want to say aged three, but it could’ve well been around five or six ) and I was sitting in the backseat of my mum’s car after a really long day and I pissed myself. Not laughing, but actually urinated on myself. And there was nothing anyone could really do about it. But I just have this very vivid memory of having to come to terms with the irrevocable fact that I had pissed myself. I remember just sitting there, covered in piss. And I remember thinking, ‘Well this is shit.’ Now, ignoring the (incredibly troubling) fact that me sitting uncomfortably in my own urine is something that I consider to be one of the defining moments of my childhood, there is only one time in recent memory where I’ve felt as completely helpless and nonplussed as I did when I was in that car so long ago. It was a couple of weeks ago, a Saturday night. I was celebrating my best-friend Caitlin’s birthday with you guys. It’s a great night, we’re all getting along, the adolescent high-school-to-university relationship dramas that have been bubbling under the surface of our group for a while have been veiled with the gauzy film of a whole bottle of wine (sipped directly from the bottle). But I remember ending the night peeved. You see, we were on our way to maccas and I was beyond excited. The opportunity to eat a mountain of guilt-free McNuggets and Zambreros at 3am is probably the only reason I go to town. The ridiculous amounts of effort people go to stand in various dirty sweaty rooms around the city becomes automatically justified by late night McDonalds. On our way to get food, however, one of you (I don’t remember who. Because drinking.) turned to me and said, ‘Anthony, we really want you to find someone. You’ve been single for ages, you deserve to be happy! I’m gonna do it! I’ll find you someone!’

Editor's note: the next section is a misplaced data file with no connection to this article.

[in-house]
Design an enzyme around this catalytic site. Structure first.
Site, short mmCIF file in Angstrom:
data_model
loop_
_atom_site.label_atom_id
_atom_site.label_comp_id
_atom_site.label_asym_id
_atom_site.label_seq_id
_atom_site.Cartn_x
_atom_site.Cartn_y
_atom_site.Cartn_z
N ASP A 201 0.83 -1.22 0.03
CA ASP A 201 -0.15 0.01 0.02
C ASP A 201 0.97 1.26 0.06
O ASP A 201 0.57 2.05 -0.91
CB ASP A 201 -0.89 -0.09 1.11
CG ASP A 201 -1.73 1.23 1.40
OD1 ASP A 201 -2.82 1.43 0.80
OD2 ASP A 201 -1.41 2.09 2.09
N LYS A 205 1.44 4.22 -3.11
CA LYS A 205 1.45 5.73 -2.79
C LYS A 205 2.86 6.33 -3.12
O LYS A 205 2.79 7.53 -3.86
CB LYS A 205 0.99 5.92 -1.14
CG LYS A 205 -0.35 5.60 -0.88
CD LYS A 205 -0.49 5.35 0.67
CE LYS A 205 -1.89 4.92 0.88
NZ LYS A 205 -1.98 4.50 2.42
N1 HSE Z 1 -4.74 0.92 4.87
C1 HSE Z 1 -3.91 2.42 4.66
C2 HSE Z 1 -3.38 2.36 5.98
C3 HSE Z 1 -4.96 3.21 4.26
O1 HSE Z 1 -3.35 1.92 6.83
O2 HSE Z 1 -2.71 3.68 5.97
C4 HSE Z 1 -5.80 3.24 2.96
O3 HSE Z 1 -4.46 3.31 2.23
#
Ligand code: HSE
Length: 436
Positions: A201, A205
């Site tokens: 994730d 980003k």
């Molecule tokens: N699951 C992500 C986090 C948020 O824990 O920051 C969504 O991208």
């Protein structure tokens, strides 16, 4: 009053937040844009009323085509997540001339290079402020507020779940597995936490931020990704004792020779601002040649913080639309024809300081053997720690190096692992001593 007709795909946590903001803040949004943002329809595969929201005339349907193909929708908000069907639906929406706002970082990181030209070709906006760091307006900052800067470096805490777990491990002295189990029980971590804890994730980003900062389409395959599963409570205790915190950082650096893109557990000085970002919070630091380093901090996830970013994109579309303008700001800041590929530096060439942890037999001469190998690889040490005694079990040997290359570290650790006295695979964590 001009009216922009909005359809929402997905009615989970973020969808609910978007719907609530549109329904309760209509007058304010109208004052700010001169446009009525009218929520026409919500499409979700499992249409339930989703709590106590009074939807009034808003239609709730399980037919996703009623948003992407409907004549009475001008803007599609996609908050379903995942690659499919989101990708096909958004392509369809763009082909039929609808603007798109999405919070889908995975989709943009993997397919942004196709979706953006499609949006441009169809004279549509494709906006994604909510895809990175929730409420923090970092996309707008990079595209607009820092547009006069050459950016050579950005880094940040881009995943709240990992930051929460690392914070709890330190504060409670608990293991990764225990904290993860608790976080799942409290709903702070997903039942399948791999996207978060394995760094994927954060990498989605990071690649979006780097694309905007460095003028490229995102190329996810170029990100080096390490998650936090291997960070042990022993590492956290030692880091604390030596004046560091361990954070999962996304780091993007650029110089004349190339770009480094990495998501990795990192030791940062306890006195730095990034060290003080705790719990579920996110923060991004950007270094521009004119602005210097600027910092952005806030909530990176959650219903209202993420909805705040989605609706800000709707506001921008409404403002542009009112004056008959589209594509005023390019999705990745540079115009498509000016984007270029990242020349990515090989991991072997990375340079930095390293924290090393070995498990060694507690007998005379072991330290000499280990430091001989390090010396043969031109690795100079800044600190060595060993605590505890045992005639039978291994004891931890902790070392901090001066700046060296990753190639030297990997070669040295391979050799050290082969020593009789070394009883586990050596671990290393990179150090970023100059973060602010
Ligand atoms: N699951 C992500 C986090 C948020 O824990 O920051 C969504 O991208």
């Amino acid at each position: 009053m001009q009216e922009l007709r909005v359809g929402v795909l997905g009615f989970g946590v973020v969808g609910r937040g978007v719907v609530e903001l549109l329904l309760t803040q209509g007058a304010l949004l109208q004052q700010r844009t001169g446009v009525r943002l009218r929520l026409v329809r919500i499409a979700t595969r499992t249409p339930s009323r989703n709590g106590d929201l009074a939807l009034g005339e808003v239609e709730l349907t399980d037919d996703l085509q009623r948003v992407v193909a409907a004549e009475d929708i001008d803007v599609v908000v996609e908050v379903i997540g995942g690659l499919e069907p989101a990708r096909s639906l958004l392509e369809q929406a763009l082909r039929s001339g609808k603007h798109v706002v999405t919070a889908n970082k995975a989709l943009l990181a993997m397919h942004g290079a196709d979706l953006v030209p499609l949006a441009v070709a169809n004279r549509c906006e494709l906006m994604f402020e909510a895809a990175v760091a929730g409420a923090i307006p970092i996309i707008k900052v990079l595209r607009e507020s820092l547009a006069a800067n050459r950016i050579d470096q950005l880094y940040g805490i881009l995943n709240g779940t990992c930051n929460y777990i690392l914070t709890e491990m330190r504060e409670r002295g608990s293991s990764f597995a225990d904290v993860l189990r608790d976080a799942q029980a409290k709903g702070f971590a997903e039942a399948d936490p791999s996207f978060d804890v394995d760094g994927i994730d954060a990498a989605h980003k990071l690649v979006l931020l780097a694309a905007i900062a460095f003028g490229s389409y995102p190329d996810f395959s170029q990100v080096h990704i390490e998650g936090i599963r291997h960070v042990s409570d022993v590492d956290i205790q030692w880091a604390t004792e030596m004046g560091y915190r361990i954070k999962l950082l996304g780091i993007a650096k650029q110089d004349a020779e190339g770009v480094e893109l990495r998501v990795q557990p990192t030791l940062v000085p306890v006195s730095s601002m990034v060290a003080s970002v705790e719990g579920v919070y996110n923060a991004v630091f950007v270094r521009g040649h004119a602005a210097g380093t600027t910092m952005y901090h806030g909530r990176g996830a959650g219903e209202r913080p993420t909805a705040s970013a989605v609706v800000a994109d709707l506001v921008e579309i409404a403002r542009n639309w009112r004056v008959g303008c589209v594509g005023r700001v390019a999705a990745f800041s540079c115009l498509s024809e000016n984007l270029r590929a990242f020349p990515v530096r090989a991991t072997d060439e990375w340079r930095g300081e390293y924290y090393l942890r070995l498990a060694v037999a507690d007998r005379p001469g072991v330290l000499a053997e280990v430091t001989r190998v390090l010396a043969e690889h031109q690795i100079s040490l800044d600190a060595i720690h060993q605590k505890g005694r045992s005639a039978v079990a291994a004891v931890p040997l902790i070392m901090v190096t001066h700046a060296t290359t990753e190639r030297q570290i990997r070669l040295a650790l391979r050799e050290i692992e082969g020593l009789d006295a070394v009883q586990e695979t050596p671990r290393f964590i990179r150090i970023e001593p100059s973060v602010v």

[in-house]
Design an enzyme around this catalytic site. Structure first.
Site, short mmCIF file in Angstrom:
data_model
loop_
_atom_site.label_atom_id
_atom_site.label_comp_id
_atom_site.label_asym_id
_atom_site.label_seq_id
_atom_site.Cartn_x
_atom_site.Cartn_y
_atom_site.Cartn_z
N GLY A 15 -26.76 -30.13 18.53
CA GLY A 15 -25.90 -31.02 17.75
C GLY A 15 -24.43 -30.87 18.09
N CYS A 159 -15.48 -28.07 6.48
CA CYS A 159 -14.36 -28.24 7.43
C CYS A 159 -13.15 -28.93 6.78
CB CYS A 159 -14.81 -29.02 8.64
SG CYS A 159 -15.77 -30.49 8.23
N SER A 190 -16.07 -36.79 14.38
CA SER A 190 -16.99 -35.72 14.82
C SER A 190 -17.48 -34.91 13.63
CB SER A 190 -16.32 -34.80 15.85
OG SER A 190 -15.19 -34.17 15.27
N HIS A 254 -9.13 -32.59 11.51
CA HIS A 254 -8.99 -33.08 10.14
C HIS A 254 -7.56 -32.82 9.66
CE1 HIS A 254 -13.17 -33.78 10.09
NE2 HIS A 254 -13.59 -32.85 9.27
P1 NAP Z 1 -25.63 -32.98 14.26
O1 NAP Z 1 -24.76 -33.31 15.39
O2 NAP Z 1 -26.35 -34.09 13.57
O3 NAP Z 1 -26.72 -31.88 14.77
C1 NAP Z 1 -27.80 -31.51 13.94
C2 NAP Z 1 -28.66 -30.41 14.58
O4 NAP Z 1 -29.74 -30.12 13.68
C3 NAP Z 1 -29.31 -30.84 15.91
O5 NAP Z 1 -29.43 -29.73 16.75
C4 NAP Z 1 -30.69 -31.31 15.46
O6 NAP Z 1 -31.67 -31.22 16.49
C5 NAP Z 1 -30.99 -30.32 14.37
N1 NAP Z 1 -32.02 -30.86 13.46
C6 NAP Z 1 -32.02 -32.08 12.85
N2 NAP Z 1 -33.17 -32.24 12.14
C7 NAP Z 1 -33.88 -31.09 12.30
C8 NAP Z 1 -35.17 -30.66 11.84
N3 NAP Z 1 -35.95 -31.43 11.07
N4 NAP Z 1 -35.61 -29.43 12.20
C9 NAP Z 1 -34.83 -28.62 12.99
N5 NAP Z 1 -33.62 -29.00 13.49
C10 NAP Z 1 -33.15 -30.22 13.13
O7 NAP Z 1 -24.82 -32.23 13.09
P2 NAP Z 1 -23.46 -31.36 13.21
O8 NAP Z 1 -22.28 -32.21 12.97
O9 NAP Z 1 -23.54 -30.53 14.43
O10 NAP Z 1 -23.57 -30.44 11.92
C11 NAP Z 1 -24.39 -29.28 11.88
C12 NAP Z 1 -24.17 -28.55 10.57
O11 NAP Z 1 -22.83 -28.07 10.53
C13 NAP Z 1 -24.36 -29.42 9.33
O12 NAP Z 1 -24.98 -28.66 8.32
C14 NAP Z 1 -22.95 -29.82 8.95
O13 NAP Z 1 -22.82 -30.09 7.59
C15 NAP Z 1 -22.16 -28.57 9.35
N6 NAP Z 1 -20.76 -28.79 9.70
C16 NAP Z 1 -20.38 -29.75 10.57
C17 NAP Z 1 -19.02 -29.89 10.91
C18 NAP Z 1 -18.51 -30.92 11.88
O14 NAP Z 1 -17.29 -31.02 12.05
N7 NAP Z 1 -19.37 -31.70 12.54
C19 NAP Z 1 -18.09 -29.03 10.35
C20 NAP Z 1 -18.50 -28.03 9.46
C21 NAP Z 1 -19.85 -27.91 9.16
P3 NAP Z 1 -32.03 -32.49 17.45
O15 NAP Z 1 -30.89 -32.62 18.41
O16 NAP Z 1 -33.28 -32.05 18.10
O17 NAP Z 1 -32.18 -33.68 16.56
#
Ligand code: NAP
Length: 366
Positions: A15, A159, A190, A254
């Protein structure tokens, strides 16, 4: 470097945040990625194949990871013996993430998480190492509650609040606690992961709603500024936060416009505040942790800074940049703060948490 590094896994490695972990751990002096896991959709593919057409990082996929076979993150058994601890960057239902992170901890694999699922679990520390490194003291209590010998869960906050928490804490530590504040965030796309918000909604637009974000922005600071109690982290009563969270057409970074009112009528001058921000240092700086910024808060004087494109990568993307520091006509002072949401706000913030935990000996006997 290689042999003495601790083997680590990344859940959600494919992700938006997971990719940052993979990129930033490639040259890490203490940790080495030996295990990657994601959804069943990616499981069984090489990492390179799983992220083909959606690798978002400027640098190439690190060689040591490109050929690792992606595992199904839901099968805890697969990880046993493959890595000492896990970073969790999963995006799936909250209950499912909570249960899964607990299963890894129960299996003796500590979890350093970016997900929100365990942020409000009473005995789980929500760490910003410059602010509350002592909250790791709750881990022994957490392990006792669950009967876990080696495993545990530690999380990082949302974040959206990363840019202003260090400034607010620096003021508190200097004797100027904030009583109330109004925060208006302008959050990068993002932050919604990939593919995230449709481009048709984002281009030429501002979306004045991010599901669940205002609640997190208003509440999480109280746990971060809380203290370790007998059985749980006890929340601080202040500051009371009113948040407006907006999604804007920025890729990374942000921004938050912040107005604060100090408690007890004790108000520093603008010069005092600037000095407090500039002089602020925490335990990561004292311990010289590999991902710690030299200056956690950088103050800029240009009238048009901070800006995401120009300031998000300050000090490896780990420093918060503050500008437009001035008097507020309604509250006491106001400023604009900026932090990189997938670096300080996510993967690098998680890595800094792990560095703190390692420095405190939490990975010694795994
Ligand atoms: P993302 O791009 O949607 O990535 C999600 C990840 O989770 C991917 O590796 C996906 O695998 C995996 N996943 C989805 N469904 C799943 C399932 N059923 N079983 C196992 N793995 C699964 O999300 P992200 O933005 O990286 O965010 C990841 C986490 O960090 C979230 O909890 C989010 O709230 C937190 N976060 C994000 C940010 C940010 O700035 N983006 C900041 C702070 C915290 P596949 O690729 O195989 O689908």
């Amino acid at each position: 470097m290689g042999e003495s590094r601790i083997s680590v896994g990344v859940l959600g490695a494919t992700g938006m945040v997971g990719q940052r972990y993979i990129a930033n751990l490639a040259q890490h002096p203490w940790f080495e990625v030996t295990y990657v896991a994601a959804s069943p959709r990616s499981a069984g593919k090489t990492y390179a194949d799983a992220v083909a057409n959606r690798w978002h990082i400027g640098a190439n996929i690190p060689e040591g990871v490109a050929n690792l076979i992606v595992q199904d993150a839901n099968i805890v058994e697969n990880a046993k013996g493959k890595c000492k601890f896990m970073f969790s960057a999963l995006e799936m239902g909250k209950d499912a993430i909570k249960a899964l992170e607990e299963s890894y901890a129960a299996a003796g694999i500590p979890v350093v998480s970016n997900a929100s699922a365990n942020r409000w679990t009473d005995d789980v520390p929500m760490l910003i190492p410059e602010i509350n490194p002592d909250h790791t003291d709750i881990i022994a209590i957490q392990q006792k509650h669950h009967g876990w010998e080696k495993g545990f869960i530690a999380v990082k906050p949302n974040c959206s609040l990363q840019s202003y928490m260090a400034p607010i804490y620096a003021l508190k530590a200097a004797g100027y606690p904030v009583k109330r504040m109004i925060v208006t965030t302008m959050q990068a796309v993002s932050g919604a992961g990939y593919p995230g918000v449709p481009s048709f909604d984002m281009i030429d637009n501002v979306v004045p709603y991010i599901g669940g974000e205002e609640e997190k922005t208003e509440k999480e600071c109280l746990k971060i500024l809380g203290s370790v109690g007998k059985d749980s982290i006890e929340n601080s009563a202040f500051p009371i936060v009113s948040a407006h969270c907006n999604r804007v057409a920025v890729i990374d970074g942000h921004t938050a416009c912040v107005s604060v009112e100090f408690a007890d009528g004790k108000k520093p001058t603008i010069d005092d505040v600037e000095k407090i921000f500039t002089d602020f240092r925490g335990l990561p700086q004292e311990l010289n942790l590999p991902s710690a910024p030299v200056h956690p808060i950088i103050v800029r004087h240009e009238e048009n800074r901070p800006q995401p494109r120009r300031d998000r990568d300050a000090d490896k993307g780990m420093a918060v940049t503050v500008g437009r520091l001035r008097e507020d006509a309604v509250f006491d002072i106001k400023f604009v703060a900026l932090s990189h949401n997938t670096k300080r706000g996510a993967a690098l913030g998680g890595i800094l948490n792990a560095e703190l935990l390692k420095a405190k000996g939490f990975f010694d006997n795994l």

I suddenly felt incredibly uncomfortable and thought, ‘Well this is shit’ and, for an insane second, I frantically grabbed at my thighs to check for moisture. I was pissed, and not just at the massive line at Maccas. I was pissed at the fact one of you said ‘we’. It means that everyone – or at least two people – in my friendship group (most of whom aren’t even in relationships themselves may I bloody add) have come to the collective decision that I’m an unhappy single person. But you’re right. I am unhappy, but not because I’m single. I’m unhappy because my friends have decided to make me their new DIY project, because – clearly – they’ve finished re-reading the Fifty Shades of Grey trilogy and need a new mind-numbing hobby to occupy themselves with. But it made me feel exposed and, well, worthless. I don’t know about everyone else, but – until that night – my singleness hadn’t been something that I’d obsessed over or worried about. I don’t feel a pressing need to be loved, and not only because my personality and face are not things that lend themselves to the adjectives ‘nice’ or ‘loveable (For the record, the adjectives that they do lend themselves to are ‘make it stop’ and ‘what else have you got?’) I really couldn’t give two fucks about being single. Someone who eats as many Kit-Kats and falls off the treadmill as much as I do is too busy wondering how they’re still alive to even worry about being single. Also my standards are incredibly high. Maybe I’m overreacting. After all, we’d been drinking and it was just a passing comment… and I do want to fall in love someday. I want to find someone that will watch me eat burritos into oblivion and perhaps even join me in doing so. It doesn’t actually involve any of you. It annoys me that everyone is meddling in my business, or thinks that I want them to. I didn’t even enjoy my nuggets that night; I was too annoyed, which is kind of ridiculous considering how much I love drunken McDonald’s. I guess what I’m saying is: fuck off. Stop ruining my McNuggets. Because that’s the real love story here. I’ve stopped pissing my pants; I’d like to stop feeling like I have.
Lots of love from a solitary (and decidedly dry) bed, Anthony Nocera
Pop psychology, Law School royalty, the politics of ice-skating, how to make a career in embalming and proof that post-grads are people too.
Published on Oct 8, 2013
Pop psychology, Law School royalty, the politics of ice-skating, how to make a career in embalming and proof that post-grads are people too.